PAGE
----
Start your year with online learning. The following courses all start the week of 18 February 2013:
Professionals working in specialised Internet governance and ICT-related areas often need to supplement their knowledge by learning about other areas which affect or impact their area of specialisation. Just as the Internet breaks down geographical boundaries, it also creates overlaps and intersections among the different areas of IG and ICT policy.
One way to understand how different issues affect each other (technical, social, development, economic, legal, security, etc.), and to fill in any gaps across professional and issue areas is to step back and take a look at the big picture of the overall issues. You can analyse how they affect each other, discuss the topics with colleagues who work in one area, and share your expertise in another. You can see how experts from different regions are addressing the same issues or different priorities. You can do this online, in just 8-10 hours a week. The course is spread over 10 weeks, starting with an online classroom orientation week, followed by 8 weeks of coursework, and a final exam week.
The application deadline for the February 2013 course is 14 January 2013. For more information about the course and how to apply, please visit the Introduction to Internet Governance course page or contact email@example.com
DiploFoundation in collaboration with the Government of Malta and the Commonwealth Fund for Technical Cooperation (CFTC) is organising the 5th workshop on Modern Diplomacy for Small States, in Malta, 13-22 March 2013. The application deadline is 13 January 2013.
The workshop focuses on the current diplomatic challenges and organisational needs of small states, engaging as speakers experienced diplomats who have first-hand knowledge of the challenges facing small states and how these challenges have been dealt with in Malta. The workshop is designed to encourage interaction between participants and speakers. More information is available at http://md.diplomacy.edu
The much anticipated World Conference on International Telecommunications (WCIT), which took place in December, ended without consensus. The meeting spurred a barrage of discussions; the outcomes are still being debated. The proceedings and outcomes of WCIT12 were the topic of our December Internet governance webinar, hosted by Internet governance analyst Samantha Dickinson (@sgdickinson). She gave an overview of the developments and a rundown of the amended ITRs, and discussed the impact of the amendments on certain areas like net neutrality, openness, and diversity of services. If you missed the webinar, you can download/view a recording and read the webinar digest here.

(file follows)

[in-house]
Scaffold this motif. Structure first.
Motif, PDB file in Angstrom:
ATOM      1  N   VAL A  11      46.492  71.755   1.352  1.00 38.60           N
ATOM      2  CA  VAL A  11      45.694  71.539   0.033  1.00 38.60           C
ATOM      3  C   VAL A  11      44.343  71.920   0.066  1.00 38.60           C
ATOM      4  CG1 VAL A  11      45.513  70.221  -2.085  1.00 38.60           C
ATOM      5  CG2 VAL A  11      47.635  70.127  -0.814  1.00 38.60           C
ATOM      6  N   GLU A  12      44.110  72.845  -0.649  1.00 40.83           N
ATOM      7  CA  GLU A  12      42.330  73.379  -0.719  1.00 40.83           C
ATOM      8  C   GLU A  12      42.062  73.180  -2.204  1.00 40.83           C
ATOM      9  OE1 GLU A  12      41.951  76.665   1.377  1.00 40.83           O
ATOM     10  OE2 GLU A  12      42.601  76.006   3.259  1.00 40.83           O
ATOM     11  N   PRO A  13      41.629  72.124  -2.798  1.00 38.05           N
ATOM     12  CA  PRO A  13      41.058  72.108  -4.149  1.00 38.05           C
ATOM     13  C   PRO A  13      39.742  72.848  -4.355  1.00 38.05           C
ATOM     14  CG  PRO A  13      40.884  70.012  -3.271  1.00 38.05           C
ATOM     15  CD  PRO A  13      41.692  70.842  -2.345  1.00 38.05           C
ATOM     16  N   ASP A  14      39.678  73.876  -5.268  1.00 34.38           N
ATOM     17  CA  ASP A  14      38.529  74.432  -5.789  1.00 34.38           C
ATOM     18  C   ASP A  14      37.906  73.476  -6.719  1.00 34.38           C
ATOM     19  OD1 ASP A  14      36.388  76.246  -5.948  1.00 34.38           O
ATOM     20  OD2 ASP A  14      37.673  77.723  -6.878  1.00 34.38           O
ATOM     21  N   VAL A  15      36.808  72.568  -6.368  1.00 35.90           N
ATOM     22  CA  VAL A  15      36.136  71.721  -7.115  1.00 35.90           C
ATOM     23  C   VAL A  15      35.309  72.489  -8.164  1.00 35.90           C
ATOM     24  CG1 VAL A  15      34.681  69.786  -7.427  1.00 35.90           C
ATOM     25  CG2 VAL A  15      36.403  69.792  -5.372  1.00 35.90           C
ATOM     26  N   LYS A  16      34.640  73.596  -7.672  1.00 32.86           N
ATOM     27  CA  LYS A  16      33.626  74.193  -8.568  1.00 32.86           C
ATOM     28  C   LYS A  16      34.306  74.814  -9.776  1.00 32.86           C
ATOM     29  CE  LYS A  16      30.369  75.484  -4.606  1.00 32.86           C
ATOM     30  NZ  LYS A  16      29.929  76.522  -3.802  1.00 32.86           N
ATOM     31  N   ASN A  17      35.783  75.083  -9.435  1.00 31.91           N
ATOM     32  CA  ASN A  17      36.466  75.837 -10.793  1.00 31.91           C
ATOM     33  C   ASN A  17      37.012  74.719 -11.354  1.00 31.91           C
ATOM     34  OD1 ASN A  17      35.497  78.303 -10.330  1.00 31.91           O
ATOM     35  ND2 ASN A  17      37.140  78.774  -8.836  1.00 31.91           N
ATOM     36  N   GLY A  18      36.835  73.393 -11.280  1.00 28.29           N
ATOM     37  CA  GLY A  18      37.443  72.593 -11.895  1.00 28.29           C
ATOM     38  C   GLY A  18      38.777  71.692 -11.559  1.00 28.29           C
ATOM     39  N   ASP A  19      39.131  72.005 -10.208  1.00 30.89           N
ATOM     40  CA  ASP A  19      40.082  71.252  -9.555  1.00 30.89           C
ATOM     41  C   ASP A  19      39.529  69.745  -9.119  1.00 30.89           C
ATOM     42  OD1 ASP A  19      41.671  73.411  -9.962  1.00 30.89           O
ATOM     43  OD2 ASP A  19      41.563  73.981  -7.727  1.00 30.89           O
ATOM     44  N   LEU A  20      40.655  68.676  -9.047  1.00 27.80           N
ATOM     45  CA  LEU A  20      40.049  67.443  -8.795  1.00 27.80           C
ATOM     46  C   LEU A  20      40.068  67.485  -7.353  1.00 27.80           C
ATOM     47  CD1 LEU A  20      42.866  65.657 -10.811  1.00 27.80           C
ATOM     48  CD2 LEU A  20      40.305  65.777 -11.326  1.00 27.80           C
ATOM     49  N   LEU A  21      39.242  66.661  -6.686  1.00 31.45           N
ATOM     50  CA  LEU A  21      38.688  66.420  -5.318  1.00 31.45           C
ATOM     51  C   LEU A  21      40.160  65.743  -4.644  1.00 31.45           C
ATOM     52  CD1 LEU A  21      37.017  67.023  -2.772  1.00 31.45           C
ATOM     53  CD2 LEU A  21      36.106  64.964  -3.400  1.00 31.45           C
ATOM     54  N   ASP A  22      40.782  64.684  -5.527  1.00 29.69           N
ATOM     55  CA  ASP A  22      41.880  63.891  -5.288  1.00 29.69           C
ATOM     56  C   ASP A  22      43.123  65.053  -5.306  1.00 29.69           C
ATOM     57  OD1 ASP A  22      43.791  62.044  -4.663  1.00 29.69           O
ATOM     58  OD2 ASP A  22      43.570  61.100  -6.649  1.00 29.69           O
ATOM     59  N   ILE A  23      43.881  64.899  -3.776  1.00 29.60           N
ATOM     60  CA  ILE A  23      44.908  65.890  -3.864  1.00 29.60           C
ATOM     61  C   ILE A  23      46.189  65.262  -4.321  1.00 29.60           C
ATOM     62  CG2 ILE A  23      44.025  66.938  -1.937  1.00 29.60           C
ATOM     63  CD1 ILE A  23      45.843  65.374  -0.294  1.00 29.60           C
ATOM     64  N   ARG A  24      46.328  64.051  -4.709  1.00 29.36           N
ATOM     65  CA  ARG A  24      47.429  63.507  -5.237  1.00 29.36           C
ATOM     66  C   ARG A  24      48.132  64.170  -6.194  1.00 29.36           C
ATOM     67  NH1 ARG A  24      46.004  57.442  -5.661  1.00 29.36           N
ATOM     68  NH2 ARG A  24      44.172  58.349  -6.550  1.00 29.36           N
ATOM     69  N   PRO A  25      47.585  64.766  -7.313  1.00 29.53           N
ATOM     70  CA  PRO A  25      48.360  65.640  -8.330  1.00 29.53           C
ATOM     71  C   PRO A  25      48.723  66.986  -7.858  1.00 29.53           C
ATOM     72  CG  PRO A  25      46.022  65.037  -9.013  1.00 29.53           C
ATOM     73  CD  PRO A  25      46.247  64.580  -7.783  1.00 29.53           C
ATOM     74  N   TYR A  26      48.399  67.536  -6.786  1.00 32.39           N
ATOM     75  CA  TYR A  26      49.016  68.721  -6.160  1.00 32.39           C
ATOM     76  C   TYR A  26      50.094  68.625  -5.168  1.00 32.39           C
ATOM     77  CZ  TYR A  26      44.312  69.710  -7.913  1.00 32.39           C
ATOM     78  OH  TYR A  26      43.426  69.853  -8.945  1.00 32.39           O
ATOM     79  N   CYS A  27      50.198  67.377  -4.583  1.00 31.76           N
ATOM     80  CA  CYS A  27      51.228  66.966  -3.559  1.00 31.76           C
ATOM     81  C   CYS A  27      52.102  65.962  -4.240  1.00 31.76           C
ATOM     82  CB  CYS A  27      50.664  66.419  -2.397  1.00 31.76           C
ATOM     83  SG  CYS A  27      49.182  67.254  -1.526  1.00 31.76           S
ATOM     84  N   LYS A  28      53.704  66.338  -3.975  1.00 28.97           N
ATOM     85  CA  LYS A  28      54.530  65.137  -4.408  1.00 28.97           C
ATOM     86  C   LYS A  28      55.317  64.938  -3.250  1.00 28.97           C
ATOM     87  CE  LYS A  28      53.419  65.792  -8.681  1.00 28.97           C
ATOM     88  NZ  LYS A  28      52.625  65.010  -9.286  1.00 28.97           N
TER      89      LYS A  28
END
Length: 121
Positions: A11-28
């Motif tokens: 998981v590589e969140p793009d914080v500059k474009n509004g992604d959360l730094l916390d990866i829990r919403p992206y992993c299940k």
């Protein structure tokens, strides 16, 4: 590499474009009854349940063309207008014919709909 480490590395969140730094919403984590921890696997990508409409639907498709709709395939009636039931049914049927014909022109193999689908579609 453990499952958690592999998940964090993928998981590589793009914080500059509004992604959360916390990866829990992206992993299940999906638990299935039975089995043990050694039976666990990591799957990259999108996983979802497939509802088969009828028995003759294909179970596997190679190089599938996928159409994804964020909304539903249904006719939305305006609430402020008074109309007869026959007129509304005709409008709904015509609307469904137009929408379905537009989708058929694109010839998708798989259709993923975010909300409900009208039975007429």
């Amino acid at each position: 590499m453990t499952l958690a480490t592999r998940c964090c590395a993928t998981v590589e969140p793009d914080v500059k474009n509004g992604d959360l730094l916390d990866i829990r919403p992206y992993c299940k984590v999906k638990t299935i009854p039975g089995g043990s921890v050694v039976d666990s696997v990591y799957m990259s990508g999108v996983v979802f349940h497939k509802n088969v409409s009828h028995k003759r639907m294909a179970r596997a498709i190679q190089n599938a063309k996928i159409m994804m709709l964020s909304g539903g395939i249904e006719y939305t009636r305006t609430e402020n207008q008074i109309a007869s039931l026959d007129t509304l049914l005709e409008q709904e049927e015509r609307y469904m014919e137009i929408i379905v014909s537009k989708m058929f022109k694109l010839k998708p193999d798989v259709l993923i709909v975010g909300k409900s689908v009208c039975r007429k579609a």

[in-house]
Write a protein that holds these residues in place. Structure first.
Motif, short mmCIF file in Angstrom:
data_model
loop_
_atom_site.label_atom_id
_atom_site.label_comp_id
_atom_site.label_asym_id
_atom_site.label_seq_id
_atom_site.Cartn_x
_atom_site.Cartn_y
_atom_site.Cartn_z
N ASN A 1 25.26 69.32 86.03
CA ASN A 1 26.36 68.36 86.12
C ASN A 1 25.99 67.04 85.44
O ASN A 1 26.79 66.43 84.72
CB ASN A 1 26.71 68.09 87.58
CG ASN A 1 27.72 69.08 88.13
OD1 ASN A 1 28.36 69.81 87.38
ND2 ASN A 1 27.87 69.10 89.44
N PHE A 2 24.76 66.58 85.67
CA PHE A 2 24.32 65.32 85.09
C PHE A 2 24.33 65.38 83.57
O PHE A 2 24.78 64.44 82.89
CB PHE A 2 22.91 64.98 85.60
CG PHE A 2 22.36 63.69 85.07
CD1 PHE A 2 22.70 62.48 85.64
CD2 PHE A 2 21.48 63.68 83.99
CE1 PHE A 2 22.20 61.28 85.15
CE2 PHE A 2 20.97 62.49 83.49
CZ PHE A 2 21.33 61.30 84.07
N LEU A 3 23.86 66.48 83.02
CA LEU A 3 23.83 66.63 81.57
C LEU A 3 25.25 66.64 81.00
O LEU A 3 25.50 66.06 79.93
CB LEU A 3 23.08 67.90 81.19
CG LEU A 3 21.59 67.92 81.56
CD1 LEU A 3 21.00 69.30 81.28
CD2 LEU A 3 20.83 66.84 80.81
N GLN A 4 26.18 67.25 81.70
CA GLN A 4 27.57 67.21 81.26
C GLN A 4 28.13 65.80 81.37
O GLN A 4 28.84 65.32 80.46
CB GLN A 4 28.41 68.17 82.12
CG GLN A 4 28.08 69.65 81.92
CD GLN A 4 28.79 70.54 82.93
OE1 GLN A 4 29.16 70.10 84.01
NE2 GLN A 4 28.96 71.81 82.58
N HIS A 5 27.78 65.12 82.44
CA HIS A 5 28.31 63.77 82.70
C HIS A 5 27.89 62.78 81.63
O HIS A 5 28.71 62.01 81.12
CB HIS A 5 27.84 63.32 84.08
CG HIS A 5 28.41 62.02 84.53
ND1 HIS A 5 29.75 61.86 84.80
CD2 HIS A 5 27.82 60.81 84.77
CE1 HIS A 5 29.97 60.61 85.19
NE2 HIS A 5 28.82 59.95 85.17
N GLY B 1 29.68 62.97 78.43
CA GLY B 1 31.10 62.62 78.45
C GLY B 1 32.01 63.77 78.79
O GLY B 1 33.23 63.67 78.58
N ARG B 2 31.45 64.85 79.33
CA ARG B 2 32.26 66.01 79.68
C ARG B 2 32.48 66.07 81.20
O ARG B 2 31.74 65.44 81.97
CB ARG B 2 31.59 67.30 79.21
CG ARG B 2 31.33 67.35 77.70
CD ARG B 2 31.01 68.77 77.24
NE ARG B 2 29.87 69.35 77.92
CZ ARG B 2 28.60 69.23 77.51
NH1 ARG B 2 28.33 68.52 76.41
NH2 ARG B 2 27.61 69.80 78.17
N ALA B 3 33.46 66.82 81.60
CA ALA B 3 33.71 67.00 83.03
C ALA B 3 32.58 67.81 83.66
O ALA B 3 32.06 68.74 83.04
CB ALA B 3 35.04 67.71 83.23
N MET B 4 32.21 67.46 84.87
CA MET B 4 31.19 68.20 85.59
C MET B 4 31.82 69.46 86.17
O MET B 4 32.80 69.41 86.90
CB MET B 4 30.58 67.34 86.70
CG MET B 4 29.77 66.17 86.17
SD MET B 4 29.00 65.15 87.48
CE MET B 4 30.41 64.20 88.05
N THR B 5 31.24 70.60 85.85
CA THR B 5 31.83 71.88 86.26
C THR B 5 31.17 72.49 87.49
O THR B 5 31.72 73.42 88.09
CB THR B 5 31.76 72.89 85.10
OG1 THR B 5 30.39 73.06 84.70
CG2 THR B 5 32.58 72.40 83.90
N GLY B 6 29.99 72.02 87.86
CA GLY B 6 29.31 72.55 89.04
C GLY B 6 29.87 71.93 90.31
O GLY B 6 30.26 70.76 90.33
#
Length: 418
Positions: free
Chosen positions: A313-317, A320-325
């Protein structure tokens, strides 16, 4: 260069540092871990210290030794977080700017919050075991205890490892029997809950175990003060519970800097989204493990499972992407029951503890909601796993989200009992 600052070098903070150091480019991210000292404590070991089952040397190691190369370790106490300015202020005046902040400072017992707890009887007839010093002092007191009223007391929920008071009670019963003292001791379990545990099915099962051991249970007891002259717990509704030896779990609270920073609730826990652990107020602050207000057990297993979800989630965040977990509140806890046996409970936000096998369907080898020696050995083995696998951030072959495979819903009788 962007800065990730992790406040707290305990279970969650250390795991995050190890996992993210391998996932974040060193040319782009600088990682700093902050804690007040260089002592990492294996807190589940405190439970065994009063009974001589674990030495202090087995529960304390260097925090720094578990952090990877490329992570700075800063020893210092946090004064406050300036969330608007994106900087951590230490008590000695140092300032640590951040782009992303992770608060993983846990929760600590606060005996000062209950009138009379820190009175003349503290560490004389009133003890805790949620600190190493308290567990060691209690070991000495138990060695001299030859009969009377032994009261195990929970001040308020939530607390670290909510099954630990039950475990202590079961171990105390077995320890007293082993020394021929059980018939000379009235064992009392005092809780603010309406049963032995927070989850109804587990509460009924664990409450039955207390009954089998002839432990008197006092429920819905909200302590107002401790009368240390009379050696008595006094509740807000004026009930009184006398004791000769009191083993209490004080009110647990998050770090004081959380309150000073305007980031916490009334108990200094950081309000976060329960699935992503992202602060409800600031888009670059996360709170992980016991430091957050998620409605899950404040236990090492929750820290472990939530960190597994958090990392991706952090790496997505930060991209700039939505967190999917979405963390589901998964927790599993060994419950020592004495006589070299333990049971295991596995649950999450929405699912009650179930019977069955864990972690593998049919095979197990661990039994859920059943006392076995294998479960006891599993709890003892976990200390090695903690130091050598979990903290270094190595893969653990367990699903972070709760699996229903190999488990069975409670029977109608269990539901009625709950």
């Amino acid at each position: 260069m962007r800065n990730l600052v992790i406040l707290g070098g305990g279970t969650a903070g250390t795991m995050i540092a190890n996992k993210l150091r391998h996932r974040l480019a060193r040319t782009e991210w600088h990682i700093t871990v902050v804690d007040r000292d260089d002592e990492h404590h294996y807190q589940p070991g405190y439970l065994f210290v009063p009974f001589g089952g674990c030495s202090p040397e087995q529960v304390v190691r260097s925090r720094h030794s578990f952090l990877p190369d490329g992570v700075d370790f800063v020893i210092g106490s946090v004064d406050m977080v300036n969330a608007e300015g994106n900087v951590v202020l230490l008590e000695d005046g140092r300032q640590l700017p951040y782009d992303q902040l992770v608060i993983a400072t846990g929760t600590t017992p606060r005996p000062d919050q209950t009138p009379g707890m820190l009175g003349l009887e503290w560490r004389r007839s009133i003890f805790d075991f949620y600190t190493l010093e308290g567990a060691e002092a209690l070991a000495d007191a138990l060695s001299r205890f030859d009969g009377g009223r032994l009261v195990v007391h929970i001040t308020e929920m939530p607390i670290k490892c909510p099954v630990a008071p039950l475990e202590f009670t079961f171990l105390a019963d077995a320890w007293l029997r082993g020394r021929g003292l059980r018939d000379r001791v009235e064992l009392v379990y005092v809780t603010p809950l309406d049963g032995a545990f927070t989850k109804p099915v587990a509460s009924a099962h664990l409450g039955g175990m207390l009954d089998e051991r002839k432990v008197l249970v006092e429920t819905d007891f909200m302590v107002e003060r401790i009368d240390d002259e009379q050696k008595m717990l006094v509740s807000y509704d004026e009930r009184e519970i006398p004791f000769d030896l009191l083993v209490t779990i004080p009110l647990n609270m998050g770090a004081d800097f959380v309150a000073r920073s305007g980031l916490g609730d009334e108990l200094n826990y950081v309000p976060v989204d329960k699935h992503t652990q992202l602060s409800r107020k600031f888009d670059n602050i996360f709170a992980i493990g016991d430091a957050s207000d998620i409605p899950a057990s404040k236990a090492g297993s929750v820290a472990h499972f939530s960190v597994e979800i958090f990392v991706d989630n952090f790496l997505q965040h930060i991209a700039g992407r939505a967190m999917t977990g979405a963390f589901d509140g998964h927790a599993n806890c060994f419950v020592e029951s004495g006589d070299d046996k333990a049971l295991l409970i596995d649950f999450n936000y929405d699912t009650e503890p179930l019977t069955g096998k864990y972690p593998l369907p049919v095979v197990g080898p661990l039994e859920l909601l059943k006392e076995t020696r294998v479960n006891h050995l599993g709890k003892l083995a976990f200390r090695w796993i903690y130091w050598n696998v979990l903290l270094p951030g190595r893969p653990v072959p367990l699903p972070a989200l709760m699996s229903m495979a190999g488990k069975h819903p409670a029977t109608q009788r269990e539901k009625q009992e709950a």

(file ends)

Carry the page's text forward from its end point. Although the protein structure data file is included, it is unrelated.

On our Internet governance community platform, Adela Danciu shares some thoughts on IG-related discussions that took place during a recent training seminar by the European University Institute. In the first of two blog posts, she talks about how digital technologies have contributed to current complex societal changes, while in the second post she refers to specific areas which have been impacted, such as Intellectual Property Rights.
In a three-series post Prakash Neupane discusses areas related to e-government: as a tool to achieve better governance; the advantages in, and priorities for, implementing an e-governance strategy; the challenges arising at implementation stage, and steps that can be taken to overcome these challenges.
Welcome to 2013 and another year of interesting and thought-provoking blog posts from Diplo’s blogosphere. On the Looking Sideways channel, Aldo Matteucci wonders How to prosecute a mentality? He also suggests that we Study events - not linear time as he ruminates on Prof. Maureen O’Hara’s acceptance speech for her honorary doctorate from Berne University in which she explains some of her work on stock market transactions.
On the E-diplomacy channel, Jovan Kurbalija wonders at being counter-intuitive in e-diplomacy as he reflects on insights by Amb. Alexandre Fasel who comments that the higher the budget often the lower the impact of e-diplomacy projects. Jovan also looks at Wisdom and Empathy in Diplomacy resulting from a Belgrade seminar on Excellence in Diplomacy. Pete Cranston’s post on the 'The Ambassador's New Car' and other lessons from Sina Weibo discusses the innovation shown in the work of the Canadian Embassy in Beijing on the Sina Weibo platform demonstrating how important it is in e-diplomacy to steer innovation with experience.
Over on the Climate Change channel, Katharina Höne, in her post One state one vote in climate change negotiations rolls out the big question: Should climate change negotiations be organised according to the ‘one state one vote’ principle?